Our Discord hit 10K members! 🎉 Meet students and ask top educators your questions.Join Here! Numerade Educator

# The region enclosed by the given curves is rotated about the specified line. Find the volume of the resulting solid.$$y=x^{3}, y=\sqrt{x} ; \quad \text { about } x=1$$

## $=\frac{13 \pi}{30}$

#### Topics

Applications of Integration

### Discussion

You must be signed in to discuss.
##### Top Calculus 2 / BC Educators ##### Catherine R.

Missouri State University ##### Samuel H.

University of Nottingham ##### Michael J.

Idaho State University ### Video Transcript

I'm gonna find the volume. And I have these two equations that I am using two bound to the area. So the area bounded by X cubed in the square root of X. Is this part right here? So once I figure out that two dimensional area that I need to see where it's revolving around in this case, let's revolving around the vertical line. X equals one. So if we were evolved this area around that vertical line X equals one. Notice that we have all of this space between what we've shaded in and where were rotating, which means this is a washer set up. So for the washer set up, we use the equals. Volume equals pi times the integral of R squared minus little r squared. And then we want to use whatever variable is the axis. Well, in this case, X equals one is running along like it's the why access. It's parallel to the y axis. So I used d y, which means my limits on the integral, whatever I feel into the ours and that in a girl for variation. Sorry. The variable for integration needs all match. Why? Why? Why? So then we need to find that highest and lowest y value the limits here for integral. So So, Lois, why value I hope it's clear happens at the origin. And then you may realize that the cubic graph and the square root graft me at the 0.11 which means your upper bound for why here is why equals one so filling in your integral. You have high temps in a girl going from 0 to 1. We know that much already. So now you didn't decide what is capital are. And then we have to decide what is lower case art capital are is what if everything was filled in? What if there was no missing volume? Well, based on this shape I have shaded in and where I'm revolving, that would mean I would actually need to color in this entire wedge here. It would have to go all the way up against X equals one, so that would be defined by one minus the square root of X one minus that curbed graph. But this is a problem. I don't want to use the square root of X here because I wanted to be all in terms of why. So we need to rewrite this equation in terms of why? Which means solve it for X equals. So X equals Y squared is actually how I would solve that curve graph. And that means I want to fill in. Why squared into that capital are instead of the square it function? So that's why it's really important for me to think about over here at the start. Hey, this needs to all be in terms of Why so that way don't have that random square root function going through with the axe with the wrong. Very well. So now for lower case R, I want to fill in. What stuff am I taking away? Well, stuff I'm taking away is between the share it shaded area in the axis. So that's going from one until the cubic graph. Well, again, I don't want to use X, so we need to solve that cubic equation to be in terms of why? Well, if I got X by itself, I would have to a cube root the other side so I would actually fill in one minus the cube root of why. And that's gonna be my little are one minus the cube root of why? And I have capital, Art and lower case are building to my set up for the volume, and I'm ready to calculate this integral. So I type in actually just integral portion of this into maybe my online software or my calculator. I get 13/30 and then multiplying by pie. I get 13 pi over 30 and that's my final answer for this volume. Oklahoma Baptist University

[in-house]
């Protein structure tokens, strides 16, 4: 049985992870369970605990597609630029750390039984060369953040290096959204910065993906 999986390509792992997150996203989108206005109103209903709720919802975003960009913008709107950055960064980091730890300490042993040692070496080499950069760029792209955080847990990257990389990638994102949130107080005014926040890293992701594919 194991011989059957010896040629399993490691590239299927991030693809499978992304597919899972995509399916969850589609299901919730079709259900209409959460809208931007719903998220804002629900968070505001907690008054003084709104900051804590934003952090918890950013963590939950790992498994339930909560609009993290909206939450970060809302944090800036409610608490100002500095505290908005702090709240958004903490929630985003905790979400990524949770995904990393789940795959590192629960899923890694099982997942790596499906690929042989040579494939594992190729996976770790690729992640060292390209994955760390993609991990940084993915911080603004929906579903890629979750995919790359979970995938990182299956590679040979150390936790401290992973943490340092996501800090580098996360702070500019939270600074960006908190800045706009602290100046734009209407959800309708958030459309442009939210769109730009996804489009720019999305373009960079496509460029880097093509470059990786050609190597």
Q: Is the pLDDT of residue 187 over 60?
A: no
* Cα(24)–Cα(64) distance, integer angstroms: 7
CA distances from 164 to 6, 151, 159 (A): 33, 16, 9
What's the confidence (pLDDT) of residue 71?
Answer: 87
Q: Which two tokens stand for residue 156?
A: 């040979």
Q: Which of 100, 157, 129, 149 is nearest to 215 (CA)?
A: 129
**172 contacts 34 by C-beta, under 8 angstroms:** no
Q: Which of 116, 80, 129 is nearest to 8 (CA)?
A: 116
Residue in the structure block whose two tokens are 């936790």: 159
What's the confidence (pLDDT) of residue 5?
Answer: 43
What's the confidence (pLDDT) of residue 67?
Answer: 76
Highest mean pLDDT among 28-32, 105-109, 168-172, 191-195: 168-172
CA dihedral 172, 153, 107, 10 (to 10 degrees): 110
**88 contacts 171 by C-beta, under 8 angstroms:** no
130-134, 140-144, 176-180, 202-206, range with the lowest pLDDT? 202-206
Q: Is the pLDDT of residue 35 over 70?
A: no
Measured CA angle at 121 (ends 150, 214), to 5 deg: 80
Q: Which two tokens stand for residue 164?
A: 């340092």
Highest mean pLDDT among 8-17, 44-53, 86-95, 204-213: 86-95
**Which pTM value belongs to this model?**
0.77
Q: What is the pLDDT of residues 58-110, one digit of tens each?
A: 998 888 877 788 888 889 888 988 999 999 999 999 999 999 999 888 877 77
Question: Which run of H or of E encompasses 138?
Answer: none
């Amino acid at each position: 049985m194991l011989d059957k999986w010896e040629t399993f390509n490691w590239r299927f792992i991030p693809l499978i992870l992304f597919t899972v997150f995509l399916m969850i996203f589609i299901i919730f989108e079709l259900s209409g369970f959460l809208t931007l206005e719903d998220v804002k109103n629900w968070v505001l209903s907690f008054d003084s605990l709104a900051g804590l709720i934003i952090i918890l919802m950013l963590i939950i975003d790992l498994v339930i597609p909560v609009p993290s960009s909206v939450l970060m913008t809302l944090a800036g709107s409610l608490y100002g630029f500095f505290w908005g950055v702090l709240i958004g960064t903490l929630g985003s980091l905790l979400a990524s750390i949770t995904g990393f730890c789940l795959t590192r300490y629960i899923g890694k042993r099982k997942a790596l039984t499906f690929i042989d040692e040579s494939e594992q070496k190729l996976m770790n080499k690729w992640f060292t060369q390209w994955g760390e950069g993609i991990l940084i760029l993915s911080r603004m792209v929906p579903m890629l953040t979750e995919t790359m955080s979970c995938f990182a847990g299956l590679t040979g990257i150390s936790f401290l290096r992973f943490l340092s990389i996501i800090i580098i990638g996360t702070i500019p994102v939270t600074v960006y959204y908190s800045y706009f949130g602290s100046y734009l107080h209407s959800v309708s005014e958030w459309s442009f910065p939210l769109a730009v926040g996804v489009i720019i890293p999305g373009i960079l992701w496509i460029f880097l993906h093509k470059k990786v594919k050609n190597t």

#### Topics

Applications of Integration

##### Top Calculus 2 / BC Educators ##### Catherine R.

Missouri State University ##### Samuel H.

University of Nottingham ##### Michael J.

Idaho State University